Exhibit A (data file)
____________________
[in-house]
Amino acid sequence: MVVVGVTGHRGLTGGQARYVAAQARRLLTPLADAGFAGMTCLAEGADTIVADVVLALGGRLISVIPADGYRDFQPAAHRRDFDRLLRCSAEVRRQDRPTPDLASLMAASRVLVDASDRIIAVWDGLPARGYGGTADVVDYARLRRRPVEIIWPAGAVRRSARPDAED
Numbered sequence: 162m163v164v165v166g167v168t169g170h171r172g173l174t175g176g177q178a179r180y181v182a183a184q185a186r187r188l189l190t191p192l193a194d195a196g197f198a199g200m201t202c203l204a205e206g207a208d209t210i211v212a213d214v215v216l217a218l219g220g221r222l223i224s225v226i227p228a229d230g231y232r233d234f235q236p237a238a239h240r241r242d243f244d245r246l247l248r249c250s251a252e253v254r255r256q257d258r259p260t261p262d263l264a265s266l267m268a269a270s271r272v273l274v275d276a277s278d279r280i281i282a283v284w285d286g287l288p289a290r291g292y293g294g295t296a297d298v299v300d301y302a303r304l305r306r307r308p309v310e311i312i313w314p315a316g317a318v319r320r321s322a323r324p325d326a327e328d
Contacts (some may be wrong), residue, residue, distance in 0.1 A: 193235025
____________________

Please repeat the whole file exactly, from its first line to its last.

[in-house]
Amino acid sequence: MVVVGVTGHRGLTGGQARYVAAQARRLLTPLADAGFAGMTCLAEGADTIVADVVLALGGRLISVIPADGYRDFQPAAHRRDFDRLLRCSAEVRRQDRPTPDLASLMAASRVLVDASDRIIAVWDGLPARGYGGTADVVDYARLRRRPVEIIWPAGAVRRSARPDAED
Numbered sequence: 162m163v164v165v166g167v168t169g170h171r172g173l174t175g176g177q178a179r180y181v182a183a184q185a186r187r188l189l190t191p192l193a194d195a196g197f198a199g200m201t202c203l204a205e206g207a208d209t210i211v212a213d214v215v216l217a218l219g220g221r222l223i224s225v226i227p228a229d230g231y232r233d234f235q236p237a238a239h240r241r242d243f244d245r246l247l248r249c250s251a252e253v254r255r256q257d258r259p260t261p262d263l264a265s266l267m268a269a270s271r272v273l274v275d276a277s278d279r280i281i282a283v284w285d286g287l288p289a290r291g292y293g294g295t296a297d298v299v300d301y302a303r304l305r306r307r308p309v310e311i312i313w314p315a316g317a318v319r320r321s322a323r324p325d326a327e328d
Contacts (some may be wrong), residue, residue, distance in 0.1 A: 193235025